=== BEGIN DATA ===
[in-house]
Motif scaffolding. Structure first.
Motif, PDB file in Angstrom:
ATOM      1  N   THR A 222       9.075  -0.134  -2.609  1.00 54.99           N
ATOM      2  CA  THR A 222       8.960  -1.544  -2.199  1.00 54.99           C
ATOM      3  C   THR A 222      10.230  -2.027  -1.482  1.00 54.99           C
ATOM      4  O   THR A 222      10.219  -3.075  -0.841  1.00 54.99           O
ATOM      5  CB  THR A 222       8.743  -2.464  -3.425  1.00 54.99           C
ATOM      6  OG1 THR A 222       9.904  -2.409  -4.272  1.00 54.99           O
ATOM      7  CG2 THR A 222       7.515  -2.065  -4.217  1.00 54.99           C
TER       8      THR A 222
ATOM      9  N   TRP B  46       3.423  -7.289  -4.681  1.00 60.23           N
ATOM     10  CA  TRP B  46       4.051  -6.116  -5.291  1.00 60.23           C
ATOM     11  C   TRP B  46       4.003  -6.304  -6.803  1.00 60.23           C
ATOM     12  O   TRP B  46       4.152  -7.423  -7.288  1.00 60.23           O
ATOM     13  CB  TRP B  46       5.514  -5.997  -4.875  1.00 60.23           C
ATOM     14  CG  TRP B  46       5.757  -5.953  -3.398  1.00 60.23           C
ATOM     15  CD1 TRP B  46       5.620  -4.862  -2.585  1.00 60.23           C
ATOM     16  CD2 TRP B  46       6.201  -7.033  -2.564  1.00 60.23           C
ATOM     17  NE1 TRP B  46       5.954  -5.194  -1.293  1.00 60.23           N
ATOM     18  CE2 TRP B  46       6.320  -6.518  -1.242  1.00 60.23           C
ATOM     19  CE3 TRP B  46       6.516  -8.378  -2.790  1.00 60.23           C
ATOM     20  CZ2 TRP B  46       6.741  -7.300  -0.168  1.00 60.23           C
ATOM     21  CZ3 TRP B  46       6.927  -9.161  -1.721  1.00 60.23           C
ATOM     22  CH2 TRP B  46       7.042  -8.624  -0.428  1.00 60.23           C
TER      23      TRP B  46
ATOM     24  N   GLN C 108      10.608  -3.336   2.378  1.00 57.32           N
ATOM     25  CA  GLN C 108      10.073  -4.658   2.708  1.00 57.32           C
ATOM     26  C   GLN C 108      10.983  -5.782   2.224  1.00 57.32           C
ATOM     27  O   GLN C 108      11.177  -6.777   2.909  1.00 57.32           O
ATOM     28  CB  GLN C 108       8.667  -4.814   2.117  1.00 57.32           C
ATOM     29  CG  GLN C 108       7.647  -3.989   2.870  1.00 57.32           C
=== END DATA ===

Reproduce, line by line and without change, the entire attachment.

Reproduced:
[in-house]
Motif scaffolding. Structure first.
Motif, PDB file in Angstrom:
ATOM      1  N   THR A 222       9.075  -0.134  -2.609  1.00 54.99           N
ATOM      2  CA  THR A 222       8.960  -1.544  -2.199  1.00 54.99           C
ATOM      3  C   THR A 222      10.230  -2.027  -1.482  1.00 54.99           C
ATOM      4  O   THR A 222      10.219  -3.075  -0.841  1.00 54.99           O
ATOM      5  CB  THR A 222       8.743  -2.464  -3.425  1.00 54.99           C
ATOM      6  OG1 THR A 222       9.904  -2.409  -4.272  1.00 54.99           O
ATOM      7  CG2 THR A 222       7.515  -2.065  -4.217  1.00 54.99           C
TER       8      THR A 222
ATOM      9  N   TRP B  46       3.423  -7.289  -4.681  1.00 60.23           N
ATOM     10  CA  TRP B  46       4.051  -6.116  -5.291  1.00 60.23           C
ATOM     11  C   TRP B  46       4.003  -6.304  -6.803  1.00 60.23           C
ATOM     12  O   TRP B  46       4.152  -7.423  -7.288  1.00 60.23           O
ATOM     13  CB  TRP B  46       5.514  -5.997  -4.875  1.00 60.23           C
ATOM     14  CG  TRP B  46       5.757  -5.953  -3.398  1.00 60.23           C
ATOM     15  CD1 TRP B  46       5.620  -4.862  -2.585  1.00 60.23           C
ATOM     16  CD2 TRP B  46       6.201  -7.033  -2.564  1.00 60.23           C
ATOM     17  NE1 TRP B  46       5.954  -5.194  -1.293  1.00 60.23           N
ATOM     18  CE2 TRP B  46       6.320  -6.518  -1.242  1.00 60.23           C
ATOM     19  CE3 TRP B  46       6.516  -8.378  -2.790  1.00 60.23           C
ATOM     20  CZ2 TRP B  46       6.741  -7.300  -0.168  1.00 60.23           C
ATOM     21  CZ3 TRP B  46       6.927  -9.161  -1.721  1.00 60.23           C
ATOM     22  CH2 TRP B  46       7.042  -8.624  -0.428  1.00 60.23           C
TER      23      TRP B  46
ATOM     24  N   GLN C 108      10.608  -3.336   2.378  1.00 57.32           N
ATOM     25  CA  GLN C 108      10.073  -4.658   2.708  1.00 57.32           C
ATOM     26  C   GLN C 108      10.983  -5.782   2.224  1.00 57.32           C
ATOM     27  O   GLN C 108      11.177  -6.777   2.909  1.00 57.32           O
ATOM     28  CB  GLN C 108       8.667  -4.814   2.117  1.00 57.32           C
ATOM     29  CG  GLN C 108       7.647  -3.989   2.870  1.00 57.32           C